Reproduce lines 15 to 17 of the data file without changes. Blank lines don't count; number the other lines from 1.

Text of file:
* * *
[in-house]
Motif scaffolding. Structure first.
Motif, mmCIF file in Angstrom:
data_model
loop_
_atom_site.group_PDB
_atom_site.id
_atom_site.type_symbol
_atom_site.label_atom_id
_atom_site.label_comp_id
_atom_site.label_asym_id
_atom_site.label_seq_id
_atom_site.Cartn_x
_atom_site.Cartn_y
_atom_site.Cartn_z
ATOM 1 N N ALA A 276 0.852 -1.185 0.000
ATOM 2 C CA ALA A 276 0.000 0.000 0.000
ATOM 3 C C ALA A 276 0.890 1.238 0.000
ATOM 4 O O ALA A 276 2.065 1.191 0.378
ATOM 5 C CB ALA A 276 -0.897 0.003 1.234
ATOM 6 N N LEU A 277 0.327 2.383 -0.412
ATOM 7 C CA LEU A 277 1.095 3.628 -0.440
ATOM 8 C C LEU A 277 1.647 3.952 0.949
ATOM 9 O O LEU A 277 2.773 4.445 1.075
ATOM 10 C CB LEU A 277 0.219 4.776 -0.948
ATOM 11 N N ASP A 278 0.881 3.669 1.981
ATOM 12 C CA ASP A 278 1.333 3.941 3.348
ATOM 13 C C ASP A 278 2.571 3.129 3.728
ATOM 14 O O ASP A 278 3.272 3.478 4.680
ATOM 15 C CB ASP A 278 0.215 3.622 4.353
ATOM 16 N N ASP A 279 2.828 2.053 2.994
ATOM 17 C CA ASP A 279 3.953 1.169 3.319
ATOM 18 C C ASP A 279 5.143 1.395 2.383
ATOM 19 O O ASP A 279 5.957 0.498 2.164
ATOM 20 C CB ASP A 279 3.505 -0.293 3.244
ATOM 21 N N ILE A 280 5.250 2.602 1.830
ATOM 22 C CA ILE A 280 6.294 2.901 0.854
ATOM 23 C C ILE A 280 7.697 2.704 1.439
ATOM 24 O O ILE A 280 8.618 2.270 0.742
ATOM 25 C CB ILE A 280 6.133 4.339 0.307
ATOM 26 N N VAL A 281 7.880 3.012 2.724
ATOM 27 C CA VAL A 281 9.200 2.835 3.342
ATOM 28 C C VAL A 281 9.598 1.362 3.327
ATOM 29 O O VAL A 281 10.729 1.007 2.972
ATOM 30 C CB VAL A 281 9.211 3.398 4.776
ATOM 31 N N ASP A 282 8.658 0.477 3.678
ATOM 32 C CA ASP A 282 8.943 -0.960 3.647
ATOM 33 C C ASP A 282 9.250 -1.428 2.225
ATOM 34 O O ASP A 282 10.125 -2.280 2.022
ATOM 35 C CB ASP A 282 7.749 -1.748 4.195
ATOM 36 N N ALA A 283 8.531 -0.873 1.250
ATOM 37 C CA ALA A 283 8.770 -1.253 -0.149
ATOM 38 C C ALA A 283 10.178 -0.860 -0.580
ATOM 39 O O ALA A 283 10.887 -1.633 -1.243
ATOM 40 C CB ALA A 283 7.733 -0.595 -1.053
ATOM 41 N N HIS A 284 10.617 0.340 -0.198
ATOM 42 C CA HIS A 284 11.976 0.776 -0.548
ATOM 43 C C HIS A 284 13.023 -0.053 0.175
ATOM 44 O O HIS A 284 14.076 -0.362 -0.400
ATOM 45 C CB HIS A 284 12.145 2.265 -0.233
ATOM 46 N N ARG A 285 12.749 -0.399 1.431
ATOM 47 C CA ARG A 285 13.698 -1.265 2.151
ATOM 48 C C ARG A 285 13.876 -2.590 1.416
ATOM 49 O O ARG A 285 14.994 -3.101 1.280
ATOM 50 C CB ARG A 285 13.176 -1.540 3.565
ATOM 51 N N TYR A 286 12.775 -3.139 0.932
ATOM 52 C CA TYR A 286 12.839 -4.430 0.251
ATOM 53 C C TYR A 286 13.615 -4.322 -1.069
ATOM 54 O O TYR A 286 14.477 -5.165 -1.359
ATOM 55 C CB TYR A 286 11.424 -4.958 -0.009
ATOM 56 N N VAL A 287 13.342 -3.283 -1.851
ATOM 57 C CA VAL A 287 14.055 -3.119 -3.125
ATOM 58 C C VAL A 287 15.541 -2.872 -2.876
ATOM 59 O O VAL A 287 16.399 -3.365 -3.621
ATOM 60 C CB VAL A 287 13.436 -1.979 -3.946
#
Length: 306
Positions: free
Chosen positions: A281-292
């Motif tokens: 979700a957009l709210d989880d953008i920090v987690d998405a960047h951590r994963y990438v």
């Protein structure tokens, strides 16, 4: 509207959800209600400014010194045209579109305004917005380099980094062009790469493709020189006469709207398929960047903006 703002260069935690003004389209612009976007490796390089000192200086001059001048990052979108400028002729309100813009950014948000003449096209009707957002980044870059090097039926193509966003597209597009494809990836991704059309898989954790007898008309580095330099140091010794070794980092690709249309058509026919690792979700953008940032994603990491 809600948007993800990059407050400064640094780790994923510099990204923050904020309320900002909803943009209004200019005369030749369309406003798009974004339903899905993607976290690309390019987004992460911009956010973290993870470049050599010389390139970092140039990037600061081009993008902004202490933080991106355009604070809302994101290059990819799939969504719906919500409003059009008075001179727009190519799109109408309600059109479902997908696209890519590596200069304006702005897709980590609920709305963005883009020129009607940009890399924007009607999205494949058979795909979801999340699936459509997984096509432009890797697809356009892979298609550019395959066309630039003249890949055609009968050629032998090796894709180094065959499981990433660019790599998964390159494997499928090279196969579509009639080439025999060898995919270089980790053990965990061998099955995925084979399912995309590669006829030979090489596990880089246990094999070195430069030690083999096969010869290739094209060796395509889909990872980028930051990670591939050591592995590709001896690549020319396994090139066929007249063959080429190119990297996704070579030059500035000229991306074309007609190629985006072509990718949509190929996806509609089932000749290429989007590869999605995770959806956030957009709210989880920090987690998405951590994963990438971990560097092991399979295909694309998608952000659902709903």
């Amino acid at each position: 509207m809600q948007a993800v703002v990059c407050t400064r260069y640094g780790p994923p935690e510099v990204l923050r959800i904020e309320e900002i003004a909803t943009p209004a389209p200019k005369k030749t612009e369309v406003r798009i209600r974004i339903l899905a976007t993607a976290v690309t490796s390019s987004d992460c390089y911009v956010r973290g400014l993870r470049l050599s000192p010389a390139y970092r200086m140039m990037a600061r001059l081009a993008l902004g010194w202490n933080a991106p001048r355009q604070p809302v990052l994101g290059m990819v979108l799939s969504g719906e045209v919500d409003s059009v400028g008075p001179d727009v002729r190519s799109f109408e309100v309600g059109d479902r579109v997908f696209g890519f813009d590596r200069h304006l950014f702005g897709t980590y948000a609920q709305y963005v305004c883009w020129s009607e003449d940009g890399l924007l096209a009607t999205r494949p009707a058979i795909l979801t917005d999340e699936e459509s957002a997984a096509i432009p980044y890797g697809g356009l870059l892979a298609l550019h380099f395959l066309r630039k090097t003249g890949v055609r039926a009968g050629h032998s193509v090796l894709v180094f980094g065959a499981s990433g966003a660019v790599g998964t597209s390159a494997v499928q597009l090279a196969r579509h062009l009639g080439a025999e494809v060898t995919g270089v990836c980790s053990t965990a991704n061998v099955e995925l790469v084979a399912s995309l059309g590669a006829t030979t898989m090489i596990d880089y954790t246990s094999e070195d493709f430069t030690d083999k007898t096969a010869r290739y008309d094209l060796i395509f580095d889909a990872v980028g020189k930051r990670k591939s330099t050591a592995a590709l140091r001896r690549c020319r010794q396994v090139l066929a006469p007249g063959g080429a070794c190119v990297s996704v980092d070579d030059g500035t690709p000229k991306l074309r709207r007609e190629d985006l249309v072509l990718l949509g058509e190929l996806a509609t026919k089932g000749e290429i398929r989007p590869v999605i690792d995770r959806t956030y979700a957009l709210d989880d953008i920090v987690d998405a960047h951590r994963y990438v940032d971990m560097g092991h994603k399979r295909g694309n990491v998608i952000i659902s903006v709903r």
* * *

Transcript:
_atom_site.Cartn_z
ATOM 1 N N ALA A 276 0.852 -1.185 0.000
ATOM 2 C CA ALA A 276 0.000 0.000 0.000